Janáček’s first ideas for his 1921 Violin Sonata were put down on paper in 1914 but it was not until 24 April 1922 that the work was heard in the form in which it is known today, premiered at the Museum of Applied Arts in Brno by the violinist František Kudlácek, accompanied by Janáček’s pupil Jaroslav Kvapil.  In the opening Con moto, Eberle and Várjon summoned a forthright rhetoric and a gutsy folk ambience: the tone colour was not indulgently Romantic or lush, but there was a terrific balance of impetuousness and nervous hesitancy, both of which relaxed at times into warm if short-lived easefulness.  The mosaic fragments were confidently and coherently stitched together.  The Ballada was, similarly, by turns impassioned and sensitive; in the latter episodes, Várjon conjured some Debussyian magic.  The Allegretto had a distinctive folky stamp – literally and figuratively: chiselled piano octaves really made their mark, though this did not preclude Várjon tapping some pianistic soulfulness.  I was delightfully and provocatively ‘itched’ by the relentless restlessness as, for example, piano bass trills countered stabbing high violin statements; there was no ‘resolution’ as such, but the duo made it clear that there could not be, so paradoxical are the arguments and conflicts of the work.

The recital had begun with a beguiling invitation: Bach’s E major Sonata for violin and keyboard.  Eberle’s almost vibrato-less, pure sound floated above the bass pedal in the Adagio, like a delicate caress, undemonstrative but eloquent.  But, in the subsequent Allegro vitality was injected by the crispness of Várjon’s harpsichord-like clarity and the litheness of the movement’s rhythmic arguments: despite the taut staccato of the piano left hand there was an impression of flexibility and spontaneity, and later the piano seemed to be swept away by its own infectious melody-spinning.  I loved the way the ‘brightness levels’ were controlled: the spotlight seemed to be shone on various musical threads at different times, creating a dynamic vitality.  A flowing tempo and Eberle’s silky bowing imbued the Adagio ma non tanto with an extempore quality, while the subtle nuances infiltrating the architectural sureties of the concluding Allegro added a welcome touch of rhetoric.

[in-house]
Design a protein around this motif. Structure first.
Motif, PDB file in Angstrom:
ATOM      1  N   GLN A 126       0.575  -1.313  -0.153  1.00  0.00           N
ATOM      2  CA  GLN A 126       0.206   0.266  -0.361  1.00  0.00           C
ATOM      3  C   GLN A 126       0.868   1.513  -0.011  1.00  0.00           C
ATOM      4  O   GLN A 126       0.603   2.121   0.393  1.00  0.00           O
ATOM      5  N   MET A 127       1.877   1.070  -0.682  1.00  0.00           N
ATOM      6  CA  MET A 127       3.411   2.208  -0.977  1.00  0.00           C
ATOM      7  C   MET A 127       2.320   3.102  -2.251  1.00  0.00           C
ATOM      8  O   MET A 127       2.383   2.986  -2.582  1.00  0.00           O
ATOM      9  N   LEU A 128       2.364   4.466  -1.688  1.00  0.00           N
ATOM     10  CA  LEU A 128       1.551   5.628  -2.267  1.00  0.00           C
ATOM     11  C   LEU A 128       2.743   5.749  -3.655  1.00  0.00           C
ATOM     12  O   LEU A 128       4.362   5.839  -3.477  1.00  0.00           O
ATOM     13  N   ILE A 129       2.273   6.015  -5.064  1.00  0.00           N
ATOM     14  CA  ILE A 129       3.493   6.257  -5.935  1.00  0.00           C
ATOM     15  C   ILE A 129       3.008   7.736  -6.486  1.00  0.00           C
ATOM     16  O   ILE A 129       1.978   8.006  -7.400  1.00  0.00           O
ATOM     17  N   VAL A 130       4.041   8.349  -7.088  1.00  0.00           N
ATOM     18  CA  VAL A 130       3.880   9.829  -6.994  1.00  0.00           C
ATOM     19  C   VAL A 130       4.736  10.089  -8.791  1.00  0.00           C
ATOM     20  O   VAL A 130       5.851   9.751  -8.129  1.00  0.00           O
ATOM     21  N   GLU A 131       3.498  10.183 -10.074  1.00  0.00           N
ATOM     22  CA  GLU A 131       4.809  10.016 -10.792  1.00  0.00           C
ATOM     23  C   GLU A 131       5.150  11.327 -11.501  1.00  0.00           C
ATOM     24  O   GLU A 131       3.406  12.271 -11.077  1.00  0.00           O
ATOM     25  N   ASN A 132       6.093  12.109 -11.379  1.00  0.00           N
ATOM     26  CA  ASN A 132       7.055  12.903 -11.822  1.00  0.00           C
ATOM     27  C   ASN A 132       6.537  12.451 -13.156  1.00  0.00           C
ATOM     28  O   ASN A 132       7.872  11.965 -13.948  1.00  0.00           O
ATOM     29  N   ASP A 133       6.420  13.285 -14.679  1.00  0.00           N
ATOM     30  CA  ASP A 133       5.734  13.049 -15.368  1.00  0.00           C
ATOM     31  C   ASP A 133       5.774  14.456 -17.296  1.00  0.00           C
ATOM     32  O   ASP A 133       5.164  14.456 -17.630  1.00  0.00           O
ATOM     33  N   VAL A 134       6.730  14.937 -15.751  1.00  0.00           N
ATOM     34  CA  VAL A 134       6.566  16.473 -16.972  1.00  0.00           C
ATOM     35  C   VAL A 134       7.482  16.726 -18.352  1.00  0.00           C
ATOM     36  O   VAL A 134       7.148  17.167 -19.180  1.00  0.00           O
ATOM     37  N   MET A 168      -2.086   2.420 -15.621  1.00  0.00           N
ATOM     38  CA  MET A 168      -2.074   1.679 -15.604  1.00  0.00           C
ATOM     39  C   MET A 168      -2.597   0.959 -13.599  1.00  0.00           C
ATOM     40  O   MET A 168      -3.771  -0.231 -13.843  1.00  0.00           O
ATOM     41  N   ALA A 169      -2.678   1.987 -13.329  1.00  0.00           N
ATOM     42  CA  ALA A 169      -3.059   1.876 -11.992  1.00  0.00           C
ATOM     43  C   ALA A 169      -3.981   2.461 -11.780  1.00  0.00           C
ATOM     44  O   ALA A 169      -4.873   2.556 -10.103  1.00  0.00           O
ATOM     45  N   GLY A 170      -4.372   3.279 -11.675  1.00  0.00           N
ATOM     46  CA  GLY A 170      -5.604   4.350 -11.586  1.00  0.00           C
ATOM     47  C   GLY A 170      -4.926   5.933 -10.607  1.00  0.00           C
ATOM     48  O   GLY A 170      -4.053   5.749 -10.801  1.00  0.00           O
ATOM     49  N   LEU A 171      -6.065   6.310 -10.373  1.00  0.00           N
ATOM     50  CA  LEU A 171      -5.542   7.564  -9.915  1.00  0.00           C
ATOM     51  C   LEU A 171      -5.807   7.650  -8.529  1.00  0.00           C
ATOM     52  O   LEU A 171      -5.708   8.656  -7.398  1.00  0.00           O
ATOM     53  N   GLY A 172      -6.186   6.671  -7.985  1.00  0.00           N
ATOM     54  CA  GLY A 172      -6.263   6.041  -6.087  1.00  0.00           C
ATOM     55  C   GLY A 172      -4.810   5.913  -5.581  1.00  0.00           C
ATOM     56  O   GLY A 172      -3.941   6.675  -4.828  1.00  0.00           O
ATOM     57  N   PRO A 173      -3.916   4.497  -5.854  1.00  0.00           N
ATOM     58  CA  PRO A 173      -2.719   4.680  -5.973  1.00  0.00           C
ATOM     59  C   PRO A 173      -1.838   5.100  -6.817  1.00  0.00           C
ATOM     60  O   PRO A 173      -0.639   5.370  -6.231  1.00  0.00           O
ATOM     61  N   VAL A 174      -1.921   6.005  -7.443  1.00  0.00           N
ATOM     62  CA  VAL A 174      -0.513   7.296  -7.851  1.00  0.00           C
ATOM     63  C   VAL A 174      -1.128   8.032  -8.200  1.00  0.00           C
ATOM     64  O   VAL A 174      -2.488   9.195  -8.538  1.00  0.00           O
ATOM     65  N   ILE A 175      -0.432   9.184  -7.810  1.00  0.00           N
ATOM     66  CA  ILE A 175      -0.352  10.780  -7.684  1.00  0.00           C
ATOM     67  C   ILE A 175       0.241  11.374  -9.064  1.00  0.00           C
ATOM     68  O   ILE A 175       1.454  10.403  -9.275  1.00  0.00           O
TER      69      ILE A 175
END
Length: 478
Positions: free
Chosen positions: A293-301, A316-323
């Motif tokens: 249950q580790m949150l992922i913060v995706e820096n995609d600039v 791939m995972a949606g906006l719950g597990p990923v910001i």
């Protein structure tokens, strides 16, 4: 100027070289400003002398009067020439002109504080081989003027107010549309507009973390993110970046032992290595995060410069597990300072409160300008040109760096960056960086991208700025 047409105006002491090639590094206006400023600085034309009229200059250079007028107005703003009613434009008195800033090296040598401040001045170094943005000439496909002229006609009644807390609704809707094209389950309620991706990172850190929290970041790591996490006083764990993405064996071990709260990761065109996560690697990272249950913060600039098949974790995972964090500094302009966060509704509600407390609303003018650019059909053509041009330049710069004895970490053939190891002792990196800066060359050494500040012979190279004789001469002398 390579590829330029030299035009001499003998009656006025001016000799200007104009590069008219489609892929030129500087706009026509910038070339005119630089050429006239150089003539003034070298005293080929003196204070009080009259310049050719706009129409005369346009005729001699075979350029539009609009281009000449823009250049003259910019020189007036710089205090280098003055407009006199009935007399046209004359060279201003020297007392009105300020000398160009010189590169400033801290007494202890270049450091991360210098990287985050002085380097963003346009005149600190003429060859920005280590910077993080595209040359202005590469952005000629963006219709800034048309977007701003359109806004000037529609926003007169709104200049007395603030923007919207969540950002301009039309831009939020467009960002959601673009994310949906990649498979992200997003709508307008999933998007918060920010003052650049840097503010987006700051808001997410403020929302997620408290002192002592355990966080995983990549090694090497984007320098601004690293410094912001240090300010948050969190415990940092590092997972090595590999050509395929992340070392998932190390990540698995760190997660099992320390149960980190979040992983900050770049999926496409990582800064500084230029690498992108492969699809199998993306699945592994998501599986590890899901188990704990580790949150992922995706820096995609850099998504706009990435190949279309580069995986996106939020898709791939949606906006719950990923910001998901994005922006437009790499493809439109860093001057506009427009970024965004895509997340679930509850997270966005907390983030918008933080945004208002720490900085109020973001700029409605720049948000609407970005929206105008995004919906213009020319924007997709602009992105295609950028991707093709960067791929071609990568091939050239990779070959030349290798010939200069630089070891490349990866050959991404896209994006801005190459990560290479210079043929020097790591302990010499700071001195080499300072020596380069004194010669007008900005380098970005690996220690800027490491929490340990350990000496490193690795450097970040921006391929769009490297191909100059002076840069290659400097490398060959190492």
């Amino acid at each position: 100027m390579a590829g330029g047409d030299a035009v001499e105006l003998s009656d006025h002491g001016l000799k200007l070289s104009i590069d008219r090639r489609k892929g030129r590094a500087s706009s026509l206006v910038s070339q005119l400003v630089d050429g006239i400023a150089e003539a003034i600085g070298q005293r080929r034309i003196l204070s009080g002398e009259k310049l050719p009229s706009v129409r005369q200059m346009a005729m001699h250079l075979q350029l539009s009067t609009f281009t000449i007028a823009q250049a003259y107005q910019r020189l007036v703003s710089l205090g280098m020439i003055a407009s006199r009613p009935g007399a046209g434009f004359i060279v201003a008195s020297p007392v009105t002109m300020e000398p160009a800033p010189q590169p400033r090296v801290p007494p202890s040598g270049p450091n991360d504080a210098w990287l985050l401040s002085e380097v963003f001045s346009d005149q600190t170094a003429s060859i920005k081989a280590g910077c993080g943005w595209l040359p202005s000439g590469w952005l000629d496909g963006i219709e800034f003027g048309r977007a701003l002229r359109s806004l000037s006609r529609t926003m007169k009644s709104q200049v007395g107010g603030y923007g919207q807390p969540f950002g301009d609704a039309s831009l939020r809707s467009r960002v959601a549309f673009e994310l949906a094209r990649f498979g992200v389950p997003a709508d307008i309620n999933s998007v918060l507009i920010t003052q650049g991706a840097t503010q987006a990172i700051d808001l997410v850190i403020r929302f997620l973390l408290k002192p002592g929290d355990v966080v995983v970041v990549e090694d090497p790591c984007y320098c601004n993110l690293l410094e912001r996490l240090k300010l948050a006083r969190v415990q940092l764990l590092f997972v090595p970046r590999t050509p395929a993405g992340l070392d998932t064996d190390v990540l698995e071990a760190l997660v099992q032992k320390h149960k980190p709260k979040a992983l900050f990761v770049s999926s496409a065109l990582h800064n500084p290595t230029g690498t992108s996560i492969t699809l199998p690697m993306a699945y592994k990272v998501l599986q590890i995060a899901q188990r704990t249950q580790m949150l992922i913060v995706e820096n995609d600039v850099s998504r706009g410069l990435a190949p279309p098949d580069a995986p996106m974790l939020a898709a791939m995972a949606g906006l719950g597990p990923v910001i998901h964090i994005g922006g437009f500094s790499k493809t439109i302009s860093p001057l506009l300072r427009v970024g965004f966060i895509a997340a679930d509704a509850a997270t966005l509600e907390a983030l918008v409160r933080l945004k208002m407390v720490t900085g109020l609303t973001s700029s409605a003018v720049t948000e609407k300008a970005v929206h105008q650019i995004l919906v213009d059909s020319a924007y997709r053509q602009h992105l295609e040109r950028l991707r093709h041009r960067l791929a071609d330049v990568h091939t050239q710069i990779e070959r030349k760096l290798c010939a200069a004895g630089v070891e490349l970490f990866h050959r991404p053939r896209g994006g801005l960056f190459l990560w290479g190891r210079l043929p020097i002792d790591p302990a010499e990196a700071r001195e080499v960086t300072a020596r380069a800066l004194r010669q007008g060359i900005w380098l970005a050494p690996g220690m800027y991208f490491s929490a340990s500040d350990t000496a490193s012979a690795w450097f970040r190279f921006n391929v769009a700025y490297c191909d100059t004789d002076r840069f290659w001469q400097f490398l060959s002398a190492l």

Schumann’s Third Sonata in A minor brought proceedings to a tempestuous and intense close.  Eberle had to work hard throughout to counter the impact of the piano’s forcefully expressed arguments, but the first movement, Ziemlich langsam – Lebhaft, was cleanly articulated and coherently structured, and as Várjon propelled the music onwards, so Eberle enriched the tone with virtuosic double-stopping which earned its own round of applause.  Relentless rippling swept the Scherzo through its mischievous flights.  And, if the Intermezzo was beautiful but not especially memorable, then the Finale seemed to carry us into Brahmsian territory: a battle of joy and strife, during which Eberle again had to work hard to counter the piano’s power and resonance.

The encore, the Andantino third movement of Schubert’s Violin Sonata in A D574, cleansed the palette, after a feast of gustatory diversity and depth of flavour.

Claire Seymour